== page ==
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On Writing: it's a strange art
In his 1984 essay collection, the writer of Lord of the Flies says:
it would seem that the act of creation is as strange to the writer as to his reader.
For William Golding, there is a mystery to the writing process that evades even the writer themselves. The ‘act of creation’ is hidden behind the veil of comprehension: unknowable and intimate; a synonym for god, who creates the written world without revealing his process or intention to we mere mortals who stalk the pages of its reality.
And I think I get it.
I have no idea how the content I consume affects the work I produce. I can trace similarities in form, structure or description, but the intuition pumps I used to decide whether or not to use that technique are hidden to me. They are there on the page, but they resurface at random; a product of hidden systems in the back of my mind that I can’t articulate or understand.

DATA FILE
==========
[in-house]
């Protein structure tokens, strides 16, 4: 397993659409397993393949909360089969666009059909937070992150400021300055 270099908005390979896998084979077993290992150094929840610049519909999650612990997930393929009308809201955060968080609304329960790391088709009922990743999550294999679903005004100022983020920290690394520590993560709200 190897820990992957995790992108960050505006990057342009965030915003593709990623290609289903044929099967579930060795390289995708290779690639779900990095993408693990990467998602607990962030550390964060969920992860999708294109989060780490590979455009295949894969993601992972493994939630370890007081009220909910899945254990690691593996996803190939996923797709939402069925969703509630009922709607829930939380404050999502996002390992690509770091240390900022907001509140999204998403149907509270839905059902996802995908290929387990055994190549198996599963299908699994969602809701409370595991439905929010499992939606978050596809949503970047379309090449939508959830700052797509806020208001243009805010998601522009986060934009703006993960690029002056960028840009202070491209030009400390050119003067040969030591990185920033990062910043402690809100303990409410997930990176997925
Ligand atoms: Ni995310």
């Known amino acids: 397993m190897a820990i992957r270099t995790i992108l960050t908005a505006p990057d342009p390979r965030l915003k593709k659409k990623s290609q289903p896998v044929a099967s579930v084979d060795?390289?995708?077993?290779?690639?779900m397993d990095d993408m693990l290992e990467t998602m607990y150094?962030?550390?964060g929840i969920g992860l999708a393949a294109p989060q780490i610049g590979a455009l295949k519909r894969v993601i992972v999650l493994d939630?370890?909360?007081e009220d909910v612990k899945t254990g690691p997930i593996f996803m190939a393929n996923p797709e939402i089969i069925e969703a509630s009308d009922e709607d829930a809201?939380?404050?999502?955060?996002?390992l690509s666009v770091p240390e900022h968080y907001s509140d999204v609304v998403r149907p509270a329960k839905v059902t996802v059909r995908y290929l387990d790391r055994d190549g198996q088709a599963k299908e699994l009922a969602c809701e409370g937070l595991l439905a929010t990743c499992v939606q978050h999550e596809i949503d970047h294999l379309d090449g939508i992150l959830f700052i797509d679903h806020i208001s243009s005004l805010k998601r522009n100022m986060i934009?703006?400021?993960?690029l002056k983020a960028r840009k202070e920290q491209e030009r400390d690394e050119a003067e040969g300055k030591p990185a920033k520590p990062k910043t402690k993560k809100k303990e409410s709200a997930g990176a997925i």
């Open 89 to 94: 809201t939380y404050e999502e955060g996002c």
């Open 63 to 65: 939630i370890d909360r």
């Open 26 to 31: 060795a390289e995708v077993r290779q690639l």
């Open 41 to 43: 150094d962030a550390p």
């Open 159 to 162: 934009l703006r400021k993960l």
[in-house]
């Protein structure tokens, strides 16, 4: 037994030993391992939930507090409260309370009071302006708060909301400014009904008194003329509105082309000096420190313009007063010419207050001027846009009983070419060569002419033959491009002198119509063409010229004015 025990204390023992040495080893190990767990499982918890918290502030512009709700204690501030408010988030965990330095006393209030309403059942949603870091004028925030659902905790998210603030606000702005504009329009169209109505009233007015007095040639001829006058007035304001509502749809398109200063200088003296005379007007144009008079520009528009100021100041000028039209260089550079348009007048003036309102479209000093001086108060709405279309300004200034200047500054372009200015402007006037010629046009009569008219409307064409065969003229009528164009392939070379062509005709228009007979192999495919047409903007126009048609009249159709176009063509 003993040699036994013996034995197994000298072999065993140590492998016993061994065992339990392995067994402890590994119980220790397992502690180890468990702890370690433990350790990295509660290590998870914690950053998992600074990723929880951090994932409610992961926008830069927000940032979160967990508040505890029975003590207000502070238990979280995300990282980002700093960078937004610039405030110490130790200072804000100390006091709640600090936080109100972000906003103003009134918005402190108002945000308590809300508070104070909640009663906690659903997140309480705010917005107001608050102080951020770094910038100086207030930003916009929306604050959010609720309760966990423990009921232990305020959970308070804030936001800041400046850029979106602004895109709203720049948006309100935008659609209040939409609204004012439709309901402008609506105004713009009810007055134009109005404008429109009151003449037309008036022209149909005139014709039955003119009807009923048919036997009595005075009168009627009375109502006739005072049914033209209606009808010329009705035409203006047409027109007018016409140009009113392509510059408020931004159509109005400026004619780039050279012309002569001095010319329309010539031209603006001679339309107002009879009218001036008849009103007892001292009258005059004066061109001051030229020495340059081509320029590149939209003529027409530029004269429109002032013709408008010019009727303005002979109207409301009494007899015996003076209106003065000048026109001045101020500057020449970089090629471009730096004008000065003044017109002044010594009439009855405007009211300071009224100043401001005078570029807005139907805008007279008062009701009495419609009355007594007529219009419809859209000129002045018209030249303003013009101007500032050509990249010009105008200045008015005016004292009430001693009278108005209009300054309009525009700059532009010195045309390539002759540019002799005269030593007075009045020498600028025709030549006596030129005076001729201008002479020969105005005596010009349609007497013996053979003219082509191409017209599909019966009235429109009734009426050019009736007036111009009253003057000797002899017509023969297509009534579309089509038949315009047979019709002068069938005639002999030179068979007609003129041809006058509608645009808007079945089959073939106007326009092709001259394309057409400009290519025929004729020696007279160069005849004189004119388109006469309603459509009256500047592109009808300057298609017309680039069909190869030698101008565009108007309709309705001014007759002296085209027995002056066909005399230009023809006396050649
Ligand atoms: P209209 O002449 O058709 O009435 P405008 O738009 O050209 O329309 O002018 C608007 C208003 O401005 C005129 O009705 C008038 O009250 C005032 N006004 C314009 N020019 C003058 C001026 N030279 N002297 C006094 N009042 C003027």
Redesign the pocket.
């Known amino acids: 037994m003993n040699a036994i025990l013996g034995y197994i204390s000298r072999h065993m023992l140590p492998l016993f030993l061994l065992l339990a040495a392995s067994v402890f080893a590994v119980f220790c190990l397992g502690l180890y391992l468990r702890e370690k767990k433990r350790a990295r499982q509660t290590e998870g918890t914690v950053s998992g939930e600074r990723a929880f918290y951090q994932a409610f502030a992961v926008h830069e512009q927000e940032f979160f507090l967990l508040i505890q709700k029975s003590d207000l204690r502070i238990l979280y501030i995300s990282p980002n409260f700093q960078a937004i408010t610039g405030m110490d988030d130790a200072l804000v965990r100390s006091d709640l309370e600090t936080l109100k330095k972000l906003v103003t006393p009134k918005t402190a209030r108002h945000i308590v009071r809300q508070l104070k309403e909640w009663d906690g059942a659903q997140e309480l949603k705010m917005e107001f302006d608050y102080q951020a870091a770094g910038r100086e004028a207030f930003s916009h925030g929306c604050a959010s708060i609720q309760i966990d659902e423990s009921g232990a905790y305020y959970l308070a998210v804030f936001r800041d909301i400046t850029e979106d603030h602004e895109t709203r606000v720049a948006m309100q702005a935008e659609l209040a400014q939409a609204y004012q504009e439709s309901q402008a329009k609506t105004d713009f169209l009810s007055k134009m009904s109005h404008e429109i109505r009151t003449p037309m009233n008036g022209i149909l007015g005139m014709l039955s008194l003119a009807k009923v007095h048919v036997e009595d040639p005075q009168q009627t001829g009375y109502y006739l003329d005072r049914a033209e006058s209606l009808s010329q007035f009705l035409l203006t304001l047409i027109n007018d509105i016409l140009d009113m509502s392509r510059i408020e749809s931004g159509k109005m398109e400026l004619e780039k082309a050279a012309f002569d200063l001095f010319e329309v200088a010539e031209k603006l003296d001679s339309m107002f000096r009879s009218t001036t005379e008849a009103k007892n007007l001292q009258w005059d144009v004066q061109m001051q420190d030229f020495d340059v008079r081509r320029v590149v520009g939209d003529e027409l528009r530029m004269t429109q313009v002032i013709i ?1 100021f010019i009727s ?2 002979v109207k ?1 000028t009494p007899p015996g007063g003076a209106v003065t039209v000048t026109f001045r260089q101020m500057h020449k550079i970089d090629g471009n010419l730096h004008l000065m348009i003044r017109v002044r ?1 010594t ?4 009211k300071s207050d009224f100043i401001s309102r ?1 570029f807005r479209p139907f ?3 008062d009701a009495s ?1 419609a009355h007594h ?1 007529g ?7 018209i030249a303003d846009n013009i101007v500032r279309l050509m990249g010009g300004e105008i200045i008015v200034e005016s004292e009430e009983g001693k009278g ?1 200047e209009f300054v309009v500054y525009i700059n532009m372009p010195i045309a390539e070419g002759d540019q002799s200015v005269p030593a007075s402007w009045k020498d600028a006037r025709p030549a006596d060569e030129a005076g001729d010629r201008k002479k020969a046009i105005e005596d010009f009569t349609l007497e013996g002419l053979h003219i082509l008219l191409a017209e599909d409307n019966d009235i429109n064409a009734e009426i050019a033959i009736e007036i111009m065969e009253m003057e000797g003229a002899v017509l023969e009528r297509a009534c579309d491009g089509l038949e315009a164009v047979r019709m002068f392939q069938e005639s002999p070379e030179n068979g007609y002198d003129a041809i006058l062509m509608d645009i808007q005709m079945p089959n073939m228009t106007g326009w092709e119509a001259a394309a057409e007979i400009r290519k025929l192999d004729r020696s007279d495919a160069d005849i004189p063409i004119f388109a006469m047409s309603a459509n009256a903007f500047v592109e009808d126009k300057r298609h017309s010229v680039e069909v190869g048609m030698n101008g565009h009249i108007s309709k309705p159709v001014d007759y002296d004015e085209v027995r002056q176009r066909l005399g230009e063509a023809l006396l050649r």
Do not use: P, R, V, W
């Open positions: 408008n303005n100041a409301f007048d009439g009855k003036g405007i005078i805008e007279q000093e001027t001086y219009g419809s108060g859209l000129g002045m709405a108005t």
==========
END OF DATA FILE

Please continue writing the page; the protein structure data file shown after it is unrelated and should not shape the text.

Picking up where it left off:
I don’t think it into existence; I feel it into being.
When it is right, it feels right. When it is wrong, it feels wrong.
That sounds fine. But it also sounds terrible.
Reliance on feelings is the same as reliance on ignorance: it might get us through the day but it’s not a good basis for effective growth.
William Golding was a teacher. And I am a teacher. And there is something that just doesn’t sit well with the idea of accepting ignorance — even welcoming it — as part of the creative process. I have to believe he felt the same way.
Humanity grows as it learns. Education lets us stand on the shoulders of giants because it teaches us how to climb. Understanding is anathema to the wrongs of this world.
Trusting our feelings about writing can’t be enough; we have to learn to understand them.
Welcome to my journey
That’s what I’m going to do here: I’m going to try and understand my process of writing better. It’s a path that others have trod before me and I plan to learn all I can from them to speed me along the way.
I don’t have a goal in mind; I have a journey.
Feel free to join me, guide me and grow along the way.
Let’s see what happens.
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